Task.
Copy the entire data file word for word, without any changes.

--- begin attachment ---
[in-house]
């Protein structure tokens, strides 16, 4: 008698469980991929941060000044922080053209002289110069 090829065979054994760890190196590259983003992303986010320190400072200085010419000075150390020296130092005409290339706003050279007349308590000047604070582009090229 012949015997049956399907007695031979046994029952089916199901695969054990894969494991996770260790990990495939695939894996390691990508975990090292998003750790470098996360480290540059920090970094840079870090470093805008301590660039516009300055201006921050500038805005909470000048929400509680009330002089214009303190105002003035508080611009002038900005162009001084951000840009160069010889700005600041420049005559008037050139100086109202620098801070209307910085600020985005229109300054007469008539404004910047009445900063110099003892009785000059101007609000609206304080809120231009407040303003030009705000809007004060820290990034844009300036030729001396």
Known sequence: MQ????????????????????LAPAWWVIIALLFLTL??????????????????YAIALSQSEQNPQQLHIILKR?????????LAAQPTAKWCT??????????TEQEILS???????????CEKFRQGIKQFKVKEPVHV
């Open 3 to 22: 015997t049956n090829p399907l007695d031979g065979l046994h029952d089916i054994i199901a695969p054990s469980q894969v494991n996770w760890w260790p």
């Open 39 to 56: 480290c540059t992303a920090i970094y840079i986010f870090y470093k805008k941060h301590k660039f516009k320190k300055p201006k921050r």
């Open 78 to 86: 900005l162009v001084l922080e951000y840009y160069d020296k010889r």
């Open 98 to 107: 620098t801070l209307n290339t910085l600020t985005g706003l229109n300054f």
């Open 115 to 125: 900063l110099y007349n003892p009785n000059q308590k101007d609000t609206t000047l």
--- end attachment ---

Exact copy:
[in-house]
């Protein structure tokens, strides 16, 4: 008698469980991929941060000044922080053209002289110069 090829065979054994760890190196590259983003992303986010320190400072200085010419000075150390020296130092005409290339706003050279007349308590000047604070582009090229 012949015997049956399907007695031979046994029952089916199901695969054990894969494991996770260790990990495939695939894996390691990508975990090292998003750790470098996360480290540059920090970094840079870090470093805008301590660039516009300055201006921050500038805005909470000048929400509680009330002089214009303190105002003035508080611009002038900005162009001084951000840009160069010889700005600041420049005559008037050139100086109202620098801070209307910085600020985005229109300054007469008539404004910047009445900063110099003892009785000059101007609000609206304080809120231009407040303003030009705000809007004060820290990034844009300036030729001396």
Known sequence: MQ????????????????????LAPAWWVIIALLFLTL??????????????????YAIALSQSEQNPQQLHIILKR?????????LAAQPTAKWCT??????????TEQEILS???????????CEKFRQGIKQFKVKEPVHV
């Open 3 to 22: 015997t049956n090829p399907l007695d031979g065979l046994h029952d089916i054994i199901a695969p054990s469980q894969v494991n996770w760890w260790p």
């Open 39 to 56: 480290c540059t992303a920090i970094y840079i986010f870090y470093k805008k941060h301590k660039f516009k320190k300055p201006k921050r």
């Open 78 to 86: 900005l162009v001084l922080e951000y840009y160069d020296k010889r």
């Open 98 to 107: 620098t801070l209307n290339t910085l600020t985005g706003l229109n300054f």
């Open 115 to 125: 900063l110099y007349n003892p009785n000059q308590k101007d609000t609206t000047l």